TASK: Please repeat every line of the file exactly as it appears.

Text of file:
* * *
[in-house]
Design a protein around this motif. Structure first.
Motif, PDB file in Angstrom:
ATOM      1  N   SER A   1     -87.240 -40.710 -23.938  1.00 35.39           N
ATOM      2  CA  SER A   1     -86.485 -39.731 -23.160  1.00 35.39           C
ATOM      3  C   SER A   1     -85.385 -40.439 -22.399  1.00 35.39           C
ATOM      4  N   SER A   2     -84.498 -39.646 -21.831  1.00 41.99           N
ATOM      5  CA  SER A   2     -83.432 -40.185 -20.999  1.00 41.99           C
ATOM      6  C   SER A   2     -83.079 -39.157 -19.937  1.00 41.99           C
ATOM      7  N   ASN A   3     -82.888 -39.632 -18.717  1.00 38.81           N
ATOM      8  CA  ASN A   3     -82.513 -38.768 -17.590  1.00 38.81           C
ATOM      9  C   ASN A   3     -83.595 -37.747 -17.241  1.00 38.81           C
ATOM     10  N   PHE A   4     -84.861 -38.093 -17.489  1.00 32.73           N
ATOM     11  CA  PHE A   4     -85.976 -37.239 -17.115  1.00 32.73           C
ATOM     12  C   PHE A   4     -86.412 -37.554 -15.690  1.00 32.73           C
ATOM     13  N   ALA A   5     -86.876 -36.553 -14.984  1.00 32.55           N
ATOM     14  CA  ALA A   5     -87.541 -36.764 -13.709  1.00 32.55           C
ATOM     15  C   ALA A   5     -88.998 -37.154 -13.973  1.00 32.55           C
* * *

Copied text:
[in-house]
Design a protein around this motif. Structure first.
Motif, PDB file in Angstrom:
ATOM      1  N   SER A   1     -87.240 -40.710 -23.938  1.00 35.39           N
ATOM      2  CA  SER A   1     -86.485 -39.731 -23.160  1.00 35.39           C
ATOM      3  C   SER A   1     -85.385 -40.439 -22.399  1.00 35.39           C
ATOM      4  N   SER A   2     -84.498 -39.646 -21.831  1.00 41.99           N
ATOM      5  CA  SER A   2     -83.432 -40.185 -20.999  1.00 41.99           C
ATOM      6  C   SER A   2     -83.079 -39.157 -19.937  1.00 41.99           C
ATOM      7  N   ASN A   3     -82.888 -39.632 -18.717  1.00 38.81           N
ATOM      8  CA  ASN A   3     -82.513 -38.768 -17.590  1.00 38.81           C
ATOM      9  C   ASN A   3     -83.595 -37.747 -17.241  1.00 38.81           C
ATOM     10  N   PHE A   4     -84.861 -38.093 -17.489  1.00 32.73           N
ATOM     11  CA  PHE A   4     -85.976 -37.239 -17.115  1.00 32.73           C
ATOM     12  C   PHE A   4     -86.412 -37.554 -15.690  1.00 32.73           C
ATOM     13  N   ALA A   5     -86.876 -36.553 -14.984  1.00 32.55           N
ATOM     14  CA  ALA A   5     -87.541 -36.764 -13.709  1.00 32.55           C
ATOM     15  C   ALA A   5     -88.998 -37.154 -13.973  1.00 32.55           C